BLACKSBURG, Va., May 23, 2017 — From becoming president of the Gamma Phi Beta Sorority at the Virginia Polytechnic Institute and State University here, popularly known as Virginia Tech, to becoming the university’s recreational sports facilities supervisor, 22-year-old Elaine Lewis has always had a passion for leadership.In May 2014, that passion led Lewis into her local Marine Corps Officer Selection Office, and on May 13, 2017, she was commissioned as a second lieutenant in the United States Marine Corps.
Inspired by the Marine Corps
“I think the idea was always slightly in my head with being part of a Marine family,” Lewis said. “In the fourth grade I dressed up as a Marine for career day. I was always inspired and moved by the Marine Corps.”
In November of her freshman year of college, Lewis attended a Marine Corps Birthday Ball where they played a motivational birthday message from the Commandant of the Marine Corps. At the time she said she remembered not enjoying college much and struggling with being away from home.
“They played the motivational video, and I remember turning to my dad and saying I think this is what I want to do: I think I want to drop out of school and enlist,” Lewis said. “Both my dad and a retired female officer at our table told me, ‘No, you’re going to take your time; you’re going to get your degree. And if you still want to be a Marine after you graduate, you can go the officer route. You can commission.’”
For the next few months Lewis pondered her father’s advice. In July 2014, the beginning of her sophomore year, Lewis still felt called to earn the title Marine and reached out to her neighbor who had just graduated Officer Candidates School at Marine Corps Base Quantico, Virginia.
“He told me everything that he had done so far; what he accomplished and the pride he felt knowing he’d be commissioning in the next year,” said Lewis, a native of Stafford, Virginia. “I knew that that was what I wanted to do. That night I sat down, and I remember telling my parents about my decision.”
Her father, Marine Corps Lt. Col. Martin Lewis, was reserved at first. He told his daughter to make sure it was what she wanted to do, and he would help her if she asked, but otherwise he let her make all her own decisions.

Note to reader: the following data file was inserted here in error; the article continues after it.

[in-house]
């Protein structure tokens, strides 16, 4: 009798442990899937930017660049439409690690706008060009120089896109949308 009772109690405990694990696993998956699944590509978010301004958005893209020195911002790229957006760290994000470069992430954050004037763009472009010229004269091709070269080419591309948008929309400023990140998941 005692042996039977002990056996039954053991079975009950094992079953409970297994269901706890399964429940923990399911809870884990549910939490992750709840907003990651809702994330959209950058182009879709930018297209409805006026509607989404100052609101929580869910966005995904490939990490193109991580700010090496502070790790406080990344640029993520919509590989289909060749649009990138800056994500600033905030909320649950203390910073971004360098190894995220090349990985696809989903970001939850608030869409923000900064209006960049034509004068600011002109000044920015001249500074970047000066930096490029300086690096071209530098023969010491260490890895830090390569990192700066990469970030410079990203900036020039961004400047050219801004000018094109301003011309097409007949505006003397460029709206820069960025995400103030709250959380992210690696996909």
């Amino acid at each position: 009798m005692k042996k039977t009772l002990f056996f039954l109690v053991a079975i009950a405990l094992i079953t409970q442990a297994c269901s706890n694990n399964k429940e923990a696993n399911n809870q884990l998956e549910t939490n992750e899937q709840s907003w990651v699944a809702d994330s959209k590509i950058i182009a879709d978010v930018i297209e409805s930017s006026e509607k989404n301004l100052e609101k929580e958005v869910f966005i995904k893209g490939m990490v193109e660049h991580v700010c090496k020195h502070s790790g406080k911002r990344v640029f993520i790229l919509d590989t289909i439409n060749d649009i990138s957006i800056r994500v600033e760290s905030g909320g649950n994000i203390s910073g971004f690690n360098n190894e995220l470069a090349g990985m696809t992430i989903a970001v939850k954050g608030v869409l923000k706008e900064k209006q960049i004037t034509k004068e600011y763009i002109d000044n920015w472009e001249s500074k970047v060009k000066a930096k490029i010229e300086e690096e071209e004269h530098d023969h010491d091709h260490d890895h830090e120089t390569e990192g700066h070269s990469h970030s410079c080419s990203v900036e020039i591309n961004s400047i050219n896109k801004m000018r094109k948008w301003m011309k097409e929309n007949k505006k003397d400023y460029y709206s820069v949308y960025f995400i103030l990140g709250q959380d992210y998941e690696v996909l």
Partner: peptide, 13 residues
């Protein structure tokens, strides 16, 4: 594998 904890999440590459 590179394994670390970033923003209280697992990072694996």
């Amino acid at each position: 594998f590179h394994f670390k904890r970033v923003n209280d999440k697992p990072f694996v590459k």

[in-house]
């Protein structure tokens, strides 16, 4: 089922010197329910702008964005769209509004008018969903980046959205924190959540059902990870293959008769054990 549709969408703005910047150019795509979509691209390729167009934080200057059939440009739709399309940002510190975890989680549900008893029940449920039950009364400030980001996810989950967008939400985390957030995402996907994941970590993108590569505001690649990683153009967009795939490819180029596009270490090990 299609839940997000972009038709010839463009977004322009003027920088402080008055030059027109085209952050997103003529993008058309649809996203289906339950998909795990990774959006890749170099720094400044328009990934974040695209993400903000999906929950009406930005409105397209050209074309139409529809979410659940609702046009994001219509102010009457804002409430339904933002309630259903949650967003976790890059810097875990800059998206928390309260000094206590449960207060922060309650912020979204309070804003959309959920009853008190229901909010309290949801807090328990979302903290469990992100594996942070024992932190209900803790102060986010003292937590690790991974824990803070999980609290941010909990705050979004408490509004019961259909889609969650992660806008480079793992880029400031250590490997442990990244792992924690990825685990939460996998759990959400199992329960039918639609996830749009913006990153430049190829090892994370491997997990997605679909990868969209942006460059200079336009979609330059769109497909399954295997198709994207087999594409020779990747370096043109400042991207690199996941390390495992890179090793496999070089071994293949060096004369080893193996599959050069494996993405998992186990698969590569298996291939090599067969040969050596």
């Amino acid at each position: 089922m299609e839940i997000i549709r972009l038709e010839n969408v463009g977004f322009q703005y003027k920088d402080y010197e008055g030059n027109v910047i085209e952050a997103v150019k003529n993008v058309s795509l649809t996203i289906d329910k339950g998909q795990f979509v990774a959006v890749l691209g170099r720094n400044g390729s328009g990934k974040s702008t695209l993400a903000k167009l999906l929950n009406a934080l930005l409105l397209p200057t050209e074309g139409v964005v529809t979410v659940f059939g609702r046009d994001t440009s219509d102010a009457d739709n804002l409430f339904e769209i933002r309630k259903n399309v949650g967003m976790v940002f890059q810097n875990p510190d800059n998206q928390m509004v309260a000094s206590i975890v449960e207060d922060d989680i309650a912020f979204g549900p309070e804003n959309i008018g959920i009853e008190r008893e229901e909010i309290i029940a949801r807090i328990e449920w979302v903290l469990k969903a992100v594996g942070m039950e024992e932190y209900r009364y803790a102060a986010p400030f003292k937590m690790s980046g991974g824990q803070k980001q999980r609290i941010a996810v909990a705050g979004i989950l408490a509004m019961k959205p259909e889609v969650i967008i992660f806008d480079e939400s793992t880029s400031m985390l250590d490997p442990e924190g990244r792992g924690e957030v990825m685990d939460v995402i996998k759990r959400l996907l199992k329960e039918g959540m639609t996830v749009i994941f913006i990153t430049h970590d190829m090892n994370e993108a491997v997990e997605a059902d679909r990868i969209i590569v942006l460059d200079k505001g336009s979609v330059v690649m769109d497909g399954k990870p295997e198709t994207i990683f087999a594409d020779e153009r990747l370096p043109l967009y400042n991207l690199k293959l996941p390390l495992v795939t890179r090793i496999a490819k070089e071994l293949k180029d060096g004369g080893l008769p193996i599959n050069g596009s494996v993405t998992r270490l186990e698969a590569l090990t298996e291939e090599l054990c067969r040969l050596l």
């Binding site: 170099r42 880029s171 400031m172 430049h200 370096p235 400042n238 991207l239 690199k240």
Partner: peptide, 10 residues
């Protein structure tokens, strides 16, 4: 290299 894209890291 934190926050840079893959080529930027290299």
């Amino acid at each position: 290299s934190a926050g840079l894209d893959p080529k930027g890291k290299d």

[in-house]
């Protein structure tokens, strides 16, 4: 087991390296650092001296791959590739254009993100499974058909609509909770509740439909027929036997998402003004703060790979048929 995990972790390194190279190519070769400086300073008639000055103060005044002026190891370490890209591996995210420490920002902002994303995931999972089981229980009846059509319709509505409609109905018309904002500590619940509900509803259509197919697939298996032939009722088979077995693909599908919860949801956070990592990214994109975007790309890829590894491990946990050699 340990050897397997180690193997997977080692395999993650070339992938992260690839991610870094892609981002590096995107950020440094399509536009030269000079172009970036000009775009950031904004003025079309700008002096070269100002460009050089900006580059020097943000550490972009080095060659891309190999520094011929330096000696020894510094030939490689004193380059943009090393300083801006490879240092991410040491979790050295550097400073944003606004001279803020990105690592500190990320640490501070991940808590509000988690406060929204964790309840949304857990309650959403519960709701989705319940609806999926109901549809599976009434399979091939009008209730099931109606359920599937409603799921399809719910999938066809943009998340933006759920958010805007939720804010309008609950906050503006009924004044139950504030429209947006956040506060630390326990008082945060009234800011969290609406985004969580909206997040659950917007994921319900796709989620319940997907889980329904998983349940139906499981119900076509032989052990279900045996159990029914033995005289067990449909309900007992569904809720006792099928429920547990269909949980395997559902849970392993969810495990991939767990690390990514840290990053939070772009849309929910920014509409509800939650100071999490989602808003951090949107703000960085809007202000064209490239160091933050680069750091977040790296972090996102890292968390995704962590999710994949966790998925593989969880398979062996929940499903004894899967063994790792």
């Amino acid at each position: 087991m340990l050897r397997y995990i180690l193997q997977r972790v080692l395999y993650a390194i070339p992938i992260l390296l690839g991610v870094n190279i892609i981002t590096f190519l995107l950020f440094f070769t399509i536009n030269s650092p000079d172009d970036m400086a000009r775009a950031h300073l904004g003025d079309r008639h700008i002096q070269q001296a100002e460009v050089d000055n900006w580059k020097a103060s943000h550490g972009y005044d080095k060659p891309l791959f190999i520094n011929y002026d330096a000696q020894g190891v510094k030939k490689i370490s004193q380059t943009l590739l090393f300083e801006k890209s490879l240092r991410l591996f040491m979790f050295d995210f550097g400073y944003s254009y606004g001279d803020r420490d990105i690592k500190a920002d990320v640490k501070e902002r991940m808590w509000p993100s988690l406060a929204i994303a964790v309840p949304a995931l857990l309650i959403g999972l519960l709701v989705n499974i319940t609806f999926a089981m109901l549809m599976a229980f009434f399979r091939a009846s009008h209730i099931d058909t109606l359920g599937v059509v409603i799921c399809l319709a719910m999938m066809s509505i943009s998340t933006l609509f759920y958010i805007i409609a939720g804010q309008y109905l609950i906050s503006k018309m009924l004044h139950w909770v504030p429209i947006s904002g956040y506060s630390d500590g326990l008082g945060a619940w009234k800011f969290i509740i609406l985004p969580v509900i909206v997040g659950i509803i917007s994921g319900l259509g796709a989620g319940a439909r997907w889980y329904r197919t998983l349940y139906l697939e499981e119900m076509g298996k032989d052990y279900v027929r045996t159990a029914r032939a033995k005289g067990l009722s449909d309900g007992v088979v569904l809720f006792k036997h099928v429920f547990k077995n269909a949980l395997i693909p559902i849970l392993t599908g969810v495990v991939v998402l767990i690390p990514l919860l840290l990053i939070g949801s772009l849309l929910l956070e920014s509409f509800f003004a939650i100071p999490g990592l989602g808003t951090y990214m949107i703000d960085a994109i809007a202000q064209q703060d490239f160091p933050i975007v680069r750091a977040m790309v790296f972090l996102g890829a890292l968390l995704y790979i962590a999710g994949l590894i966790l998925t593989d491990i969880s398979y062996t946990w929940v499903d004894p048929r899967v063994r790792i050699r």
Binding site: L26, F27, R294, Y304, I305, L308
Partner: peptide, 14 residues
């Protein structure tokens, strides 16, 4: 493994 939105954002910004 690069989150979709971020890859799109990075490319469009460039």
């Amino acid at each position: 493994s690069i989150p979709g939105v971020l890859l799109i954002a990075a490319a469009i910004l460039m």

“I didn’t expect him to be so cavalier about it, but he supported me through the whole thing,” Lewis said. “I hit a couple bumps in the road with medical disqualifications, and he helped me stay calm and stay focused on becoming an officer and not giving up that path.” When Lewis finally walked into the recruiting office she said she was nervous, but ready. She said she knew exactly what she wanted, and she was about to meet the person who could help her reach her goals.
“I was extremely intimidated but also not,” Lewis said. “It was more like this is the guy who could make or break my Marine Corps career.” Lucky for her, Capt. David Grant, the officer in charge of Marine Corps Officer Selection Team in Roanoke, Virginia, saw her potential and helped her get her journey started.
‘Elaine is a Natural Leader’
“Elaine is a natural leader, she’s a true leader,” Grant said. “She’s one of the ones I can really rely on and can go to if I need something done.” Lewis said she began her leadership journey as the president of Gamma Phi Beta sorority. She said she knew if she could lead them, she could do anything.
“To be president of 200-plus women — if I can do that, I can honestly do anything in the Marine Corps,” Lewis said. “Dealing with so many girls who want everything and realizing you can’t always give them what they want and that your decisions affect more than just you, it was definitely good training for quick decision making in the Marine Corps. I remember being at [Officer Candidates School] and thinking that I have been in front of 200-plus women and had to make decisions, and they were hard decisions to make at times because I knew there would be repercussions either way and if I could do that I could lead 13 Marines through this exercise.”
Lewis said that even with all the physical preparation she did prior to shipping to OCS, the first day of training was a complete culture shock. She said she had not realized the mental and emotional challenge the training would demand. Regardless of the initial struggle to adapt to the rigorous schedule, Lewis knew it was all worth it.
“I just saw that the Marine Corps takes so much pride in itself and in the fact that you as a Marine are part of that brotherhood and that elite group of people,” Lewis said. “I knew that the pride of becoming a Marine was going to be worth it. I didn’t even consider education or personal opportunities or career opportunities the Marine Corps could provide me until I got really involved with the Platoon Leaders Class and now I see these opportunities. At first it was I want to be a Marine, I want that title.”
There are two routes to completing OCS. The first is completing the 10-week course, straight-through. The other, known as Platoon Leaders Class, can be done through the same 10-week course or a candidate may attend two, six-week training sessions taken between consecutive school years, which occur in the summers with no commitment during the school year. Young men and women at any accredited four-year college or university are eligible for this class.